The places probably hit the hardest by the first wave of the Covid-19-pandemic, have been retirement and nursing homes. In Britain, the USA and Germany, for example, between a fifth and a staggering 60% (depending on various counting methodologies adopted) of all Covid-related deaths have occurred in such institutions, despite accounting for a much smaller share of the overall number of Covid-infected individuals.
In Belgium, several nursing homes called for the help of units of Doctors without Borders, who are normally deployed for disaster relief in developing countries. The pre-existing medical conditions of the patients together with the insufficient sanitary measures and the spatial density within these institutions have commonly been identified as the main reasons for this dire statistic. In Italy, the Milanese Albergo Pio Trivulzio made national news repeatedly during the crisis and became the symbol of this devastating situation and of the suffering of the elderly inside retirement and nursing homes more broadly.
The directors of the Trivulzio are now accused of transporting infectious patients to other facilities without safety measures, of failing to procure protective gear for patients and staff, as well as of the intentional concealment of pandemic-related fatalities in order to downplay the massive outbreak inside the institution. As much as we might feel that this nexus of political and financial controversies surrounding healthcare and nursing institutions and their public management is a quintessentially modern phenomenon, it has intriguing historical precedents. After all, the Trivulzio retirement home dates back to the 18th century when it was first established as a pious non-profit foundation for the elderly.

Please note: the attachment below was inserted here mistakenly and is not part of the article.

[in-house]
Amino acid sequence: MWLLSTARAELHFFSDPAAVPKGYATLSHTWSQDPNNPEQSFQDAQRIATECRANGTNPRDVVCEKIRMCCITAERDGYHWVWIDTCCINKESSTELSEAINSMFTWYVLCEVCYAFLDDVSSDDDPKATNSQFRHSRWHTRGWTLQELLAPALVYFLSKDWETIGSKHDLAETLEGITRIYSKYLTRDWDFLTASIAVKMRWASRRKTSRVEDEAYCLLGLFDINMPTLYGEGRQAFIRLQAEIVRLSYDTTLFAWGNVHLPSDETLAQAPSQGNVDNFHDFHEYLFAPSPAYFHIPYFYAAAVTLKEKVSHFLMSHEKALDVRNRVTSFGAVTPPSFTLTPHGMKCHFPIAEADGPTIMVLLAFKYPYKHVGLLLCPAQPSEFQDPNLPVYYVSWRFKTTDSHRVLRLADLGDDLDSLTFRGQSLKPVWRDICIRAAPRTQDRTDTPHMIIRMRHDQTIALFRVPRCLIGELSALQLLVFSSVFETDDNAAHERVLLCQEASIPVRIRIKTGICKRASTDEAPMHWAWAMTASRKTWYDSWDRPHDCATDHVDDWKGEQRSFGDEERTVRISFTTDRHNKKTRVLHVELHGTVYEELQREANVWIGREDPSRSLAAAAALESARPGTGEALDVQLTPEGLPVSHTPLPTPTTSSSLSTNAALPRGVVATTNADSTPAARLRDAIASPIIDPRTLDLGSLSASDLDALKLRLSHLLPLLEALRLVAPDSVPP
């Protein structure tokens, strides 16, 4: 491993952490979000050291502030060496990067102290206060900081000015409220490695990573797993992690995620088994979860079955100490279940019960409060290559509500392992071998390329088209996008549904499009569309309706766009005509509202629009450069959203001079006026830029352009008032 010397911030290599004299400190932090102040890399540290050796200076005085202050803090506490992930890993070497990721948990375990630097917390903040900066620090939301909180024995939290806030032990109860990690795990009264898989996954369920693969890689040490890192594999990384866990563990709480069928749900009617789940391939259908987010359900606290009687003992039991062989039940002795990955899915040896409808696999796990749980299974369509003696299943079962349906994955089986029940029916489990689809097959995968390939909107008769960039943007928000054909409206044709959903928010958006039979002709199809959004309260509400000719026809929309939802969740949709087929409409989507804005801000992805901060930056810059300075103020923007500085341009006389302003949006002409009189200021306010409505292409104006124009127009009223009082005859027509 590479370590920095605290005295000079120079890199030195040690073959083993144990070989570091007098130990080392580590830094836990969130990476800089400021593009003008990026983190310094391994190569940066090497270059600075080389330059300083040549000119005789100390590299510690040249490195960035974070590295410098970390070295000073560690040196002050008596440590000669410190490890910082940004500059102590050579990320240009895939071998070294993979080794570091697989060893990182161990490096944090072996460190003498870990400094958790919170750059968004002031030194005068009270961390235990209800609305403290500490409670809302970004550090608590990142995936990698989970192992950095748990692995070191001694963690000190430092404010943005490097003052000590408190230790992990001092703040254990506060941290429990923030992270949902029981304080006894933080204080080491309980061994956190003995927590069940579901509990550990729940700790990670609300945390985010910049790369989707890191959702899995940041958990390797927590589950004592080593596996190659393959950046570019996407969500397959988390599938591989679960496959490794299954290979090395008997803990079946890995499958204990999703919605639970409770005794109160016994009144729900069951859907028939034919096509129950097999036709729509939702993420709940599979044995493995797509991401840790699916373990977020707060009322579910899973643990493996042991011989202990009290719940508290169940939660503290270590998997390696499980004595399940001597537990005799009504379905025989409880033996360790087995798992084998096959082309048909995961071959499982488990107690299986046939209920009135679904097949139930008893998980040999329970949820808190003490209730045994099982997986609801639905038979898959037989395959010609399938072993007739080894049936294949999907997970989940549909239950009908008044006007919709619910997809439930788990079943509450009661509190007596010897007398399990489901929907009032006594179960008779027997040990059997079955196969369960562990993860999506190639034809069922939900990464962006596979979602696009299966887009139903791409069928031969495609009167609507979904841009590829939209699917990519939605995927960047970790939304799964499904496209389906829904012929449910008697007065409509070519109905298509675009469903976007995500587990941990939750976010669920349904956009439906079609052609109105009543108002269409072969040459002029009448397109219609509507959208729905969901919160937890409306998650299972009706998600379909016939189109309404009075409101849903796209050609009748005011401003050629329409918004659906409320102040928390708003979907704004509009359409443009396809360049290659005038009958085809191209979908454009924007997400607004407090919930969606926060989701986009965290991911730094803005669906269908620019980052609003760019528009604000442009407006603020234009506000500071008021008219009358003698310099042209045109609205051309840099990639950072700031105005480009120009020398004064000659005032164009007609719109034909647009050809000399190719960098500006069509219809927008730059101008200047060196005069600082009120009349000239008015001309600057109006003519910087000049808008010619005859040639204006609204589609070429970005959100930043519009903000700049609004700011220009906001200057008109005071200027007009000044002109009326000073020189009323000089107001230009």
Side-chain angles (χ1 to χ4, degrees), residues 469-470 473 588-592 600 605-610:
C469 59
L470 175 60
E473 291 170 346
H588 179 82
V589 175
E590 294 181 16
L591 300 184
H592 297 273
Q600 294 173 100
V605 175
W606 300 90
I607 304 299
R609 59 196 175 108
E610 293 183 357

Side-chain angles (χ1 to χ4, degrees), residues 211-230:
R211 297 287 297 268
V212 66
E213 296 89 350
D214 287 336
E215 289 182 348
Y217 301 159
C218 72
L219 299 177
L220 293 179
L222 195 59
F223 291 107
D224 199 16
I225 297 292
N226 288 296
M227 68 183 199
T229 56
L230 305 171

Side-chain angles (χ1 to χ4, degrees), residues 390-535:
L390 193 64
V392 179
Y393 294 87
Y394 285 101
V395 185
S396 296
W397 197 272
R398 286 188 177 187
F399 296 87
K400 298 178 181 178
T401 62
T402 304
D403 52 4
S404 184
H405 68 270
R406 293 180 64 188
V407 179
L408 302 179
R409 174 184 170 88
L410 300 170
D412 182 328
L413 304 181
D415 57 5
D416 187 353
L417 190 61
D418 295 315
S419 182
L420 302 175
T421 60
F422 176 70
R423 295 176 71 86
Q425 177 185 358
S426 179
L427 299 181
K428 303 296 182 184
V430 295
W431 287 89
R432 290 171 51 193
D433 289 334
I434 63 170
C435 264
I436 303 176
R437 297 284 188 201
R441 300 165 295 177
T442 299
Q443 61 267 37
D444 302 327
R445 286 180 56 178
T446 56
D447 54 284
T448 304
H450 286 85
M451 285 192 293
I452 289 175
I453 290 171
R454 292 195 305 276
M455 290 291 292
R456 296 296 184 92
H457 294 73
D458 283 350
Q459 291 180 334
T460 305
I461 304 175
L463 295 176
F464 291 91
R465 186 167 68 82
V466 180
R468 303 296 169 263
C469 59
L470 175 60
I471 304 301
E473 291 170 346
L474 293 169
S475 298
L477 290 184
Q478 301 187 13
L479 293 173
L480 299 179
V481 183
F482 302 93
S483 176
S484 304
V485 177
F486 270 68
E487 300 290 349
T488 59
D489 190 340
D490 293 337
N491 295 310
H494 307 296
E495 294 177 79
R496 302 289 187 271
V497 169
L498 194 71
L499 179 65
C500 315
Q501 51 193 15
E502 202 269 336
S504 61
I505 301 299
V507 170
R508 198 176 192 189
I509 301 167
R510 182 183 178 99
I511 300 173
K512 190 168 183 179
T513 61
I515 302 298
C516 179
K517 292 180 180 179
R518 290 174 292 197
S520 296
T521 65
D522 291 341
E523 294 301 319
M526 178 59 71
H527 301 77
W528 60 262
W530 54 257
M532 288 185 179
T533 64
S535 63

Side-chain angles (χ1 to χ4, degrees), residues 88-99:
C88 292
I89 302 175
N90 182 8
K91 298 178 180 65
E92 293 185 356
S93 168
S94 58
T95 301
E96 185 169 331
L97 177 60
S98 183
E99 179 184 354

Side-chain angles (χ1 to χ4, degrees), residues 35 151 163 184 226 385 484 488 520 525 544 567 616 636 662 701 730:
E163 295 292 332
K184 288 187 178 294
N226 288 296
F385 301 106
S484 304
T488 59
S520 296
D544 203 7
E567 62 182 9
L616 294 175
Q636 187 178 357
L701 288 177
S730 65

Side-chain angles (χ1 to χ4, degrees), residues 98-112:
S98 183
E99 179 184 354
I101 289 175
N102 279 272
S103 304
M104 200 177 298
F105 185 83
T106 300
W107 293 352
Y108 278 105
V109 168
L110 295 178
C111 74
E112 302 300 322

Providing relief to poverty, disease, and old age in early modern times
Very much like today, the backbone of the urban sanitary infrastructure of the early modern period (c. 1500 to 1800) was non-profit, consisting of private foundations (often de facto governed by the public) in the form of hospitals, which was a term used for care-providing institutions in general. Institutions then were generally less functionally differentiated than today, so that a ‘hospital’ could provide simultaneously short-term medical care, distribute alms to the poor and serve as a retirement home with its own resident population.